Firstly, Hinduism in the form of Vedanta Advaita is closer to panentheism than pantheism, there is much more to God than the physical world. Secondly Hinduism certainly does have distinctions between good and evil – just read the Gita to see many references to this. Evil arises through avidya or ignorance.
The Hindu idea of a universe encompassing God is not that different from that of a universe which was created solely by God and over which God has complete power. In the Christian worldview it is also not easy to see the origin of evil. The argument given is a straw man.
.…. And even if such distinctions as “good” and “evil” could be made, the context of karma voids the moral context of that distinction. Karma is an impersonal principle much like a natural law such as gravity or inertia. When karma comes calling on some sinful soul, it is not a divine policing that brings judgment. Rather it is an impersonal reaction of nature.
Hang on so the author has just been arguing that everything is God so there can be no good or evil and now he is saying that Karma is not of God? Krishna clearly says that devotion to Him can make up for bad karma. Karma is a natrural law, but God is above this and can intervene. “Love, nonviolence, good conduct and the law of dharma define the Hindu path” (from Dancing with Shiva).
Fifth, the question remains “What do you do with your sin?” Christianity has the strongest answer to this problem. Hinduism, like Buddhism, has at least two ideas of sin. Sin is sometimes understood as ignorance. It is sinful if one does not see or understanding reality as Hinduism defines it. But, there remains an idea of moral error termed “sin.” To do something deliberately evil, to break a spiritual or earthly law, or to desire wrong things, these would be sins. But, that morality definition of sin points to a kind of moral error that requires real atonement. From where can atonement rise? Can atonement come by adherence to karmic principles?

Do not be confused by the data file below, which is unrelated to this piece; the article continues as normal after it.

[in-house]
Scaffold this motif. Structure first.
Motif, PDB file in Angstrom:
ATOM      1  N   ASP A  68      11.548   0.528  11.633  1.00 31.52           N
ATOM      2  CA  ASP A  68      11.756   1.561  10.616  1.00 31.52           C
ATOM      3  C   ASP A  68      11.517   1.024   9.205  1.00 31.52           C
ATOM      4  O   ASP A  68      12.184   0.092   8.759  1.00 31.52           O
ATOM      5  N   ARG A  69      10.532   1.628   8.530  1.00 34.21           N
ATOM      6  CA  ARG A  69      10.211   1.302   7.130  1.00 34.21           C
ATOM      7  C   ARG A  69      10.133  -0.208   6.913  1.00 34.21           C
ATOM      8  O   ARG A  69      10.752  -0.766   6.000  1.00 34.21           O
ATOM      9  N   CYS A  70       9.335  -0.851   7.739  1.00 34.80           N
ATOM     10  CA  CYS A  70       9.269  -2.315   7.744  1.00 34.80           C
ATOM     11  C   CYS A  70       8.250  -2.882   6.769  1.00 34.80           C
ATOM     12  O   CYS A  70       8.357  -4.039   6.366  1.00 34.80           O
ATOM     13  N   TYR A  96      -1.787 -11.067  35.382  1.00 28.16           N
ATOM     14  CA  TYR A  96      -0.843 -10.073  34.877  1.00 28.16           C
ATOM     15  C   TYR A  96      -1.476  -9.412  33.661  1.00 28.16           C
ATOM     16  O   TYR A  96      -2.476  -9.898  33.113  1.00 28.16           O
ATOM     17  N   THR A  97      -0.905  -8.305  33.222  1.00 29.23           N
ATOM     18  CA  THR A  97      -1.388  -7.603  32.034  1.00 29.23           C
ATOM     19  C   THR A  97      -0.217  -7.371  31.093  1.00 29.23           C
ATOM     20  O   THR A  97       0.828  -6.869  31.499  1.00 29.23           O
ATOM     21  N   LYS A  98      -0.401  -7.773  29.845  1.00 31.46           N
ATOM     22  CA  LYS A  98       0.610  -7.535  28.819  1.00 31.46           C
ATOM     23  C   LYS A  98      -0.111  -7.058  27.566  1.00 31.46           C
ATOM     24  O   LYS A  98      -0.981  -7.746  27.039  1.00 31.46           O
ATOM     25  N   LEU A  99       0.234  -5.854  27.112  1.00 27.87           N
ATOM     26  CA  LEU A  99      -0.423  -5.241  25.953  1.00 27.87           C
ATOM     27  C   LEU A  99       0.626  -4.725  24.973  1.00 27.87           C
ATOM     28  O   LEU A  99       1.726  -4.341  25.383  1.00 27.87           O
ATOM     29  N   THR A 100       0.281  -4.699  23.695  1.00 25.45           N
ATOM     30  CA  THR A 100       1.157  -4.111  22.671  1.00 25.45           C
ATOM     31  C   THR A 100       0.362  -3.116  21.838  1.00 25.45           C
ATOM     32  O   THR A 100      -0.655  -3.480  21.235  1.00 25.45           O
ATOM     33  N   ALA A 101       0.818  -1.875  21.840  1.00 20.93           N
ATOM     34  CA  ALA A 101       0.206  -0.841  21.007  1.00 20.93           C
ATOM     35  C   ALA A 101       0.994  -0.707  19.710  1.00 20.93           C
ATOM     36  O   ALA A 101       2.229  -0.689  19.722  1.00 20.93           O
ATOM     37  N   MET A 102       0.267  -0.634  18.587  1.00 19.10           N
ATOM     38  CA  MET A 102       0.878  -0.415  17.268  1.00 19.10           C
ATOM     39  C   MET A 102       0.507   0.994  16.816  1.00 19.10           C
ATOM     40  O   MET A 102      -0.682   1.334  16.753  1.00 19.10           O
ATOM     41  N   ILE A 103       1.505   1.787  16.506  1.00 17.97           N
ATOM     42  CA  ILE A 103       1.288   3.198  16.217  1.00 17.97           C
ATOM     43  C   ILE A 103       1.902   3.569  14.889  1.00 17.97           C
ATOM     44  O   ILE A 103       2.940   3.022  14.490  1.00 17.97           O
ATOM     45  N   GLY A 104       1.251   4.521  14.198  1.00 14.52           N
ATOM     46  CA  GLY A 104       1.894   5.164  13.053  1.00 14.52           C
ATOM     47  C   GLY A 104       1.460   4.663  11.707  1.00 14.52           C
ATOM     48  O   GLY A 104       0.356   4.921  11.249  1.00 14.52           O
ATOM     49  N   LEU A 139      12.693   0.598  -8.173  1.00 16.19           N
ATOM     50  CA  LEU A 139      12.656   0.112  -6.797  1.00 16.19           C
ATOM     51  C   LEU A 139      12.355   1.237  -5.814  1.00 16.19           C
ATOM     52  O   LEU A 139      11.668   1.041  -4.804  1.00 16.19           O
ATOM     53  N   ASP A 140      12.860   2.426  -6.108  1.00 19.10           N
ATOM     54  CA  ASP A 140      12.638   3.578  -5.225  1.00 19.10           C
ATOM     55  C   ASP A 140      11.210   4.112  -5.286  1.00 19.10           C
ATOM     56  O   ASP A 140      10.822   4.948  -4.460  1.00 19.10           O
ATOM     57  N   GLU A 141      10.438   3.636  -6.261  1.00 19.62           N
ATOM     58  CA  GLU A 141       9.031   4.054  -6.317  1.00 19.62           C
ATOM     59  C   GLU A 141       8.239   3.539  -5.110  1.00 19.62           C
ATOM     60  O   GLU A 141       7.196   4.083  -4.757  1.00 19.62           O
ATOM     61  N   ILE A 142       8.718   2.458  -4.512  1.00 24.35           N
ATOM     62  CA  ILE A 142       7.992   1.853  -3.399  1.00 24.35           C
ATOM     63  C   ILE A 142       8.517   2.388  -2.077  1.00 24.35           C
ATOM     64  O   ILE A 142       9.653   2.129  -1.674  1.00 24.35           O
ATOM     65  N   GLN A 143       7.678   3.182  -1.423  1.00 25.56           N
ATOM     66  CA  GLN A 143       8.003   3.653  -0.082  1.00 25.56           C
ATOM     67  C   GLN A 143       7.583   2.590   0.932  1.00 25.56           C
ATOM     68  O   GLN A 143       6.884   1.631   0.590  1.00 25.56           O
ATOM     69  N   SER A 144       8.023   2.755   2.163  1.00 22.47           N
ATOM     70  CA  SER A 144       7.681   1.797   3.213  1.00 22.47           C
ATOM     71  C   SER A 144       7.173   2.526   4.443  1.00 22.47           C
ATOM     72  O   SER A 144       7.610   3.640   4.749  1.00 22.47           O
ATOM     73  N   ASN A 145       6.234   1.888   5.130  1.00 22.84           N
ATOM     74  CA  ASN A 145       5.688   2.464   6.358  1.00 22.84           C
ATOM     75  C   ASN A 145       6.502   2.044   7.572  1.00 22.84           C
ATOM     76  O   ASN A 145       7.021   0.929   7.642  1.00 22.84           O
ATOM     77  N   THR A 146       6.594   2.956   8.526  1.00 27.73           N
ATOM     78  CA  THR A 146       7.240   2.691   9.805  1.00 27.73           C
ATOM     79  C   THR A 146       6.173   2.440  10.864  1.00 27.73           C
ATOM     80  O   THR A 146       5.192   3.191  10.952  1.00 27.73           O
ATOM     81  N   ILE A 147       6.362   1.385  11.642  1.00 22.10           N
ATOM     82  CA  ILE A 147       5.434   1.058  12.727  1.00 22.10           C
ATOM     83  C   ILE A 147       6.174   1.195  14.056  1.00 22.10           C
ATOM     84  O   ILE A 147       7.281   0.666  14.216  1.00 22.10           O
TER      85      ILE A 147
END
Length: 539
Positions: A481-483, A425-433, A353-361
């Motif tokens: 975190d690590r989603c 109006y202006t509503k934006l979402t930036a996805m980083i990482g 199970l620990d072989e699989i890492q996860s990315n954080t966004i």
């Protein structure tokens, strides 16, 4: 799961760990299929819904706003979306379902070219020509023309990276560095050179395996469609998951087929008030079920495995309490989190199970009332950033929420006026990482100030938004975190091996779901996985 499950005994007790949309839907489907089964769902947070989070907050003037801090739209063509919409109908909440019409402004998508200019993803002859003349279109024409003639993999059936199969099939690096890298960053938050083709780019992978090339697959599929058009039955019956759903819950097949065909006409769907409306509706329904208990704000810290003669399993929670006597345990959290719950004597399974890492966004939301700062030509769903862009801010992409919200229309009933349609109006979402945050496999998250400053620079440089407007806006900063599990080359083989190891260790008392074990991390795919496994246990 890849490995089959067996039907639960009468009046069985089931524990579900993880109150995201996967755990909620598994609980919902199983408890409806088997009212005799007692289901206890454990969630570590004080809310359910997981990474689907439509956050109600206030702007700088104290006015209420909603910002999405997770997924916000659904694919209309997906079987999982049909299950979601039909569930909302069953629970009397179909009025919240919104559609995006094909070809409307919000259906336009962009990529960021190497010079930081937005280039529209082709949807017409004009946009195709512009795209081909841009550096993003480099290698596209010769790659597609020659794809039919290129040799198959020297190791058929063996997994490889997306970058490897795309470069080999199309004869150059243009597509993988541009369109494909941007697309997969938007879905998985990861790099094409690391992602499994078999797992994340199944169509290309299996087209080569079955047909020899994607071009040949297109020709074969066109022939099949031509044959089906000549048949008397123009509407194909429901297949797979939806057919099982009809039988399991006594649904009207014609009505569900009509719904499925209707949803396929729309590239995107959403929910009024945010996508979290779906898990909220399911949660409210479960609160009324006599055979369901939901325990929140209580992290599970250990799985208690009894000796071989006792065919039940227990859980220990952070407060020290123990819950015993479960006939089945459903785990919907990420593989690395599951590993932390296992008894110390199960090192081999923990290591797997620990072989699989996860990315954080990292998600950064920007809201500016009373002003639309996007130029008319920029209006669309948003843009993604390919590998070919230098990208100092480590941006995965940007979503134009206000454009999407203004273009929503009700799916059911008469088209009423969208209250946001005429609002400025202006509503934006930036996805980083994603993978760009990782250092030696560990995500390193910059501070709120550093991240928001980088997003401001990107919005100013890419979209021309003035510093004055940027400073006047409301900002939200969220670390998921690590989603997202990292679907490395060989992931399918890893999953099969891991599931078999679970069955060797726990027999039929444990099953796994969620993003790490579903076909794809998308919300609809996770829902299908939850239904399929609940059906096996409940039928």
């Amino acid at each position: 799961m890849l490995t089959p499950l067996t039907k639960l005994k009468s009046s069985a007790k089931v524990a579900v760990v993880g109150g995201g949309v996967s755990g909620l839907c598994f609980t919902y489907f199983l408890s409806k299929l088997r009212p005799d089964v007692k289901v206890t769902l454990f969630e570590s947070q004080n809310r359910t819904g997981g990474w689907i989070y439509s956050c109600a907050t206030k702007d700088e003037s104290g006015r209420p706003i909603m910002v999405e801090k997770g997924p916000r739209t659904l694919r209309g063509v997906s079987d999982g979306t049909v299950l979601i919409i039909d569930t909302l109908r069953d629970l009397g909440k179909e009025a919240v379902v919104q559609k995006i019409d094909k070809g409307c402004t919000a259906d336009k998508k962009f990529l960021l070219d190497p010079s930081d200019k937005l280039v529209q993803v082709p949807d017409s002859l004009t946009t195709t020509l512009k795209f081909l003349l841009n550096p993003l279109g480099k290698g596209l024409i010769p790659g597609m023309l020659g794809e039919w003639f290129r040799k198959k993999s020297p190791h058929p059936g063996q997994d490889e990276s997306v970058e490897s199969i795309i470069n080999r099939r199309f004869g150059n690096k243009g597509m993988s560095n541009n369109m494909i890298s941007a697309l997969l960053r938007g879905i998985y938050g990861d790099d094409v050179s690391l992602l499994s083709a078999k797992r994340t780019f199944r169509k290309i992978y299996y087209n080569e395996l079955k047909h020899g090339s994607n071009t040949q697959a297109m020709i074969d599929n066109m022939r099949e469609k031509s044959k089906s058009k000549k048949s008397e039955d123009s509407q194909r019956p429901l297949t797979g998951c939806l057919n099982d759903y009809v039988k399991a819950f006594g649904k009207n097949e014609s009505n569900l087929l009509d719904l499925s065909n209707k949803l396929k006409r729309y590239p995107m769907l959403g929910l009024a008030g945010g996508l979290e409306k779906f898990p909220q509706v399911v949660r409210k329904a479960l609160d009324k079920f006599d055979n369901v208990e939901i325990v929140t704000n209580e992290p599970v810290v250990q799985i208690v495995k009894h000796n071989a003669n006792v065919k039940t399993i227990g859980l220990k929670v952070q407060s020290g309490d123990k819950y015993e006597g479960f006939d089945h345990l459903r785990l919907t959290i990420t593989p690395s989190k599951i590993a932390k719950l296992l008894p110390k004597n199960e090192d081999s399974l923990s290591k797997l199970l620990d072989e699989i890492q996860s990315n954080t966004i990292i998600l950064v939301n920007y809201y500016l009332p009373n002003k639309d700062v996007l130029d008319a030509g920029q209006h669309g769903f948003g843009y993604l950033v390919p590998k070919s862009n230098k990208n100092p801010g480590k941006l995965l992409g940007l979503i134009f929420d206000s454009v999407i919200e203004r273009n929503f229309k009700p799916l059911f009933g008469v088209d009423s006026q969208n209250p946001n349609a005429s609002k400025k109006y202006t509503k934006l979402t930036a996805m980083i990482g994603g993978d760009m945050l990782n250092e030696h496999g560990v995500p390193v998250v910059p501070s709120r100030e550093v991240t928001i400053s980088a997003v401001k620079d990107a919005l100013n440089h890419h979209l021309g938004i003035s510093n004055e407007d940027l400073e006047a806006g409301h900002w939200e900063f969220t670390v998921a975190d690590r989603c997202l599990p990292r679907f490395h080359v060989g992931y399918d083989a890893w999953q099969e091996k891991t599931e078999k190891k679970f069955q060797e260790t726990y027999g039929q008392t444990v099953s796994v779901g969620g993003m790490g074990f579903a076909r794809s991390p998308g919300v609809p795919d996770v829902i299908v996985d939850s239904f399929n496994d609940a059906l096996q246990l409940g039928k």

Well, Swami Vivekananda says:
Advaita and Advaita alone explains morality. Every religion preaches that the essence of all morality is to do good to others. And why? Be unselfish. And why should I? Some God has said it? He is not for me. Some texts have declared it? Let them; that is nothing to me; let them all tell it. And if they do, what is it to me? Each one for himself, and somebody take the hindermost — that is all the morality in the world, at least with many. What is the reason that I should be moral? You cannot explain it except when you come to know the truth as given in the Gita: “He who sees everyone in himself, and himself in everyone, thus seeing the same God living in all, he, the sage, no more kills the Self by the self.” Know through Advaita that whomsoever you hurt, you hurt yourself; they are all you.
This to me is a real motivation for morality and atonement. The article goes on to say we should look to Jesus as a saviour, but as I already mentioned in “What Hinduism has to Offer“, it is in accepting the religion that the spiritual journey in Christianity ends. For Hinduism it is where it begins. Real atonement is to make amends and to act correctly in the future, not to punish yourself for the wrongdoing.